How has the kingdom of God, of heaven grown in your lives? Did it start off with Sunday school, stories from the Old Testament like the one we heard today where Solomon anoints the boy David? And Noah’s ark, and tales of Jesus taking a little child on his knee? Many of us came to faith as children through these stories and teaching. Or did you discover Jesus as an adult, through the testimony of someone whose life had been changed forever? These early stories, testimonies, experiences of God’s power for ourselves, can grow into a changed life.
Or they can sit on a shelf. I have some mustard seeds at home. Some of the seeds at my place are in the potting shed, ready to be planted out when the weather warms up. Some of them will be grown on until we can sell them at the plant sale in September! But my mustard seeds aren’t in the shed. They’re in the pantry, ready to be ground up to make a yummy whole-grain mustard to eat with roast meat. These ones don’t have a future of growth, just of being used as they are.
Do you have a future of growth, or just staying where you are? You may well think that you’ve done your dash, you’ve been involved with all sorts of church activities, outreaches, programmes for the last umpteen years, so it’s time for a rest. But the kingdom of heaven keeps growing in us all the time, if we let it, changing us as we respond in love to the world around us. Have you noticed that you might tend to react differently to stories you hear in the news to how you might have reacted say 20 years ago? Do you see the world less in black-and-white terms, and more as a shimmery rainbow of colours and possibilities?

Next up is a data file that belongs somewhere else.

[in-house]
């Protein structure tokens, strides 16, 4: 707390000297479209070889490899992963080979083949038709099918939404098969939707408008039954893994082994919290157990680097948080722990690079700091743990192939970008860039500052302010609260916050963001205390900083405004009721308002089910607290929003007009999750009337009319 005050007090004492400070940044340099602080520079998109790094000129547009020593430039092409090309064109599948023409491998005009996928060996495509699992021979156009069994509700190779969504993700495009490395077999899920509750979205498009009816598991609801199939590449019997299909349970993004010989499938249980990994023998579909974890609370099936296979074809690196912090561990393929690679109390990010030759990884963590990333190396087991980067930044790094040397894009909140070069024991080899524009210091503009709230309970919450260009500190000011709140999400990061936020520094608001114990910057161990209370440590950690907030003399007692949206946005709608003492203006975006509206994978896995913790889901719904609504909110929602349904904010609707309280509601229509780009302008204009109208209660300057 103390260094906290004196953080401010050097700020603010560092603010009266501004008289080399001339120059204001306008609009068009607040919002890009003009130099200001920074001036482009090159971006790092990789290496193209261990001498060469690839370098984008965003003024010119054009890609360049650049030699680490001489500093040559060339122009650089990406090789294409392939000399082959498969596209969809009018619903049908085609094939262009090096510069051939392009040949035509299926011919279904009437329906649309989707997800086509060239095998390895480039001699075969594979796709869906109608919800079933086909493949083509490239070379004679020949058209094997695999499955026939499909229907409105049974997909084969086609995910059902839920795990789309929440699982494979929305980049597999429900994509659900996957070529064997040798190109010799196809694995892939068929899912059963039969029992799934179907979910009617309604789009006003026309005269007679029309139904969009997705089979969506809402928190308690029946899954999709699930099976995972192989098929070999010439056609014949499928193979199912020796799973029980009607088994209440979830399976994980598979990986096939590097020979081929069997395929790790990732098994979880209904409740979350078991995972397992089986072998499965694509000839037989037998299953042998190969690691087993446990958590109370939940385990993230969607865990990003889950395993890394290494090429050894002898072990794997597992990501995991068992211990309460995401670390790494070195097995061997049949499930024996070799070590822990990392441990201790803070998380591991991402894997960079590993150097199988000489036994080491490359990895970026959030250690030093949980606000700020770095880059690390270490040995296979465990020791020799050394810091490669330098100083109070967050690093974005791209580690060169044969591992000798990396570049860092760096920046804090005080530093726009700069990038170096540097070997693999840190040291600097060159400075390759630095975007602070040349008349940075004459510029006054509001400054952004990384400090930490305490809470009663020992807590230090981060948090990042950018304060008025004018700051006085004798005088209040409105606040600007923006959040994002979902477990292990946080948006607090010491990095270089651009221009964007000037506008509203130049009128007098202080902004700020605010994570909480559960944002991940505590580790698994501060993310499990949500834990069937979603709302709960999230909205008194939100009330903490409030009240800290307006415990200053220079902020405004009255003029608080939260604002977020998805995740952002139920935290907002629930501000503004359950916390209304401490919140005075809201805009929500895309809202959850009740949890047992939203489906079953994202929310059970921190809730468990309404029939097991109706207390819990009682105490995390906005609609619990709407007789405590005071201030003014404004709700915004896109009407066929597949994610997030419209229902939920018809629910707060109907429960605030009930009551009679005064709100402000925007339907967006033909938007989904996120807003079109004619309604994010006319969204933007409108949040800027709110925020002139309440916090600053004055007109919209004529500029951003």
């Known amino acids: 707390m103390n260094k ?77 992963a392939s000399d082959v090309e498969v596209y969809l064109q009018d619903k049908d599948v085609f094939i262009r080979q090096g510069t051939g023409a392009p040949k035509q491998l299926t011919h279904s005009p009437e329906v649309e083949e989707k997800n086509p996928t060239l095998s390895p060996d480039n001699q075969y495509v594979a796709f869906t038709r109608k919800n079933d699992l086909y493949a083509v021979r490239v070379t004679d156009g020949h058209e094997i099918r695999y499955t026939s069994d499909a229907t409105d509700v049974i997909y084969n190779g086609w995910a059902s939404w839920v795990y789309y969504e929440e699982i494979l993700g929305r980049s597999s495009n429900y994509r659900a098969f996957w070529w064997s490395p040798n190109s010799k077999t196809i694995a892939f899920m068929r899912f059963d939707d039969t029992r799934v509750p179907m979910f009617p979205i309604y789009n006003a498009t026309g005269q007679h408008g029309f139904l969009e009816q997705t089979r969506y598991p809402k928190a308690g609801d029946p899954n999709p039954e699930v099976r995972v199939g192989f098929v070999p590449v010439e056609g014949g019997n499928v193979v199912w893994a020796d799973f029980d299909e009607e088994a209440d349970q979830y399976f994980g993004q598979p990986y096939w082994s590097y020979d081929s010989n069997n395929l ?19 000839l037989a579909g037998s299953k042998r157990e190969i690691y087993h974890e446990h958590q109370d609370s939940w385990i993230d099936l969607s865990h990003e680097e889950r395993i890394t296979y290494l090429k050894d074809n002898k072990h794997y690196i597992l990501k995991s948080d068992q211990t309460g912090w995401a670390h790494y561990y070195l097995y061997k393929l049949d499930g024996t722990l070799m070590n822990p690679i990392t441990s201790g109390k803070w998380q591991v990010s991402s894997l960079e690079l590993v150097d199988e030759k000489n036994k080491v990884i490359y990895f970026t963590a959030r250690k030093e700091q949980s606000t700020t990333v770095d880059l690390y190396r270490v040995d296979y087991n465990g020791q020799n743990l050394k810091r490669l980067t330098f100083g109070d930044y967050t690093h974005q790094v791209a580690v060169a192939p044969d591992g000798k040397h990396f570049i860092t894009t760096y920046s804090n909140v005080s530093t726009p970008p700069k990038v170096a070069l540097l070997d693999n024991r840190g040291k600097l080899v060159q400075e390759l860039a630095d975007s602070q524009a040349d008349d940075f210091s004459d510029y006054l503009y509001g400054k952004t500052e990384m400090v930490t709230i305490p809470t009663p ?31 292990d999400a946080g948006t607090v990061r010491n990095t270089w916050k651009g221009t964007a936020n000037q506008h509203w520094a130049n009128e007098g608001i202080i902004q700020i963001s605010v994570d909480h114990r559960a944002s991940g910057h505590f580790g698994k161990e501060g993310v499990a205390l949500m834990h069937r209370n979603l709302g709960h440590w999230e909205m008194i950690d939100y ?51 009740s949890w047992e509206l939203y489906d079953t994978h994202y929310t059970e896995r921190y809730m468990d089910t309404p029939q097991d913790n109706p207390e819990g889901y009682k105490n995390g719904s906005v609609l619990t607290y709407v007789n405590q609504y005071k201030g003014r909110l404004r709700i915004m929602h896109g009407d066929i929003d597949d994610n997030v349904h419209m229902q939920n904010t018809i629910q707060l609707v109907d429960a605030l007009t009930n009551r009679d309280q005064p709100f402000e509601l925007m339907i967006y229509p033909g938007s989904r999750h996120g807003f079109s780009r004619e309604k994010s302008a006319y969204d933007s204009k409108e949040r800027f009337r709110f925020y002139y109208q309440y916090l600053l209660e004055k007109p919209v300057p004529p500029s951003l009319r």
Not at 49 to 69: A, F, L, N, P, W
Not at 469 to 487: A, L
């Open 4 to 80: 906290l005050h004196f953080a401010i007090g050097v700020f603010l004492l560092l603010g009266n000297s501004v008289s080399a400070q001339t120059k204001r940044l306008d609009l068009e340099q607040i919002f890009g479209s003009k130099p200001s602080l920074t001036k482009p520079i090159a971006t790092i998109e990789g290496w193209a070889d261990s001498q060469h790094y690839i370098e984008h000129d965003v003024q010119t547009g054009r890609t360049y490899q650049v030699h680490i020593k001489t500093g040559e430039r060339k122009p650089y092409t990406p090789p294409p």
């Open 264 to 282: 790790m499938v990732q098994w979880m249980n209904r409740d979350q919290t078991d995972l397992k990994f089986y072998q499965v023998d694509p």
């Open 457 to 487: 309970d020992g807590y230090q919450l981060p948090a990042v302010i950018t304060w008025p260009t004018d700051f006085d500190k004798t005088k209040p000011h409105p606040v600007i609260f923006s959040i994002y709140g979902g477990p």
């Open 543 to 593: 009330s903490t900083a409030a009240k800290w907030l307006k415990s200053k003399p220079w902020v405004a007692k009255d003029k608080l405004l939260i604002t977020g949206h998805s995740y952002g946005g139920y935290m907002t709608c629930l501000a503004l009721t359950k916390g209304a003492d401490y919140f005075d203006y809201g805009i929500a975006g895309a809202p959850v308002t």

I think raising children can be a great way to learn that black and white doesn’t fit with the real world. When my brother and sister-in-law became parents, I had been a mum for some years. They had all sorts of wonderful ideas about how they would raise their children, and I just sat back and laughed to myself. No matter how we plan our life, be it with children, or relationships, or work, things always happen along the way to change us and make us react. As we grow into the kingdom of heaven, we start to appreciate other people more for who they are. We stop judging and excluding people who are different to us. We start to see the good in people, to like them more, and celebrate the broad tapestry that is the kingdom of heaven on earth.
In any tapestry or work of art, there needs to be contrast so we can see the details. If we were all the same it would be very monotonous. If there were no dark areas, there would be no three-dimension shadows. If there were no bright and crazy folk, there would be no sparks of colour.
Our reading from 1 Samuel says that “the Lord does not see as mortals see; they look on the outward appearance, but the Lord looks on the heart.”
We can relax in this, knowing that God doesn’t judge us for the things that people judge us for. We don’t need to feel too fat, too short, too stupid, too poor, too old, too young, too disabled, too mentally ill, or anything else, because God looks at our heart. And as God looks at our heart, we can look at other people’s heart too.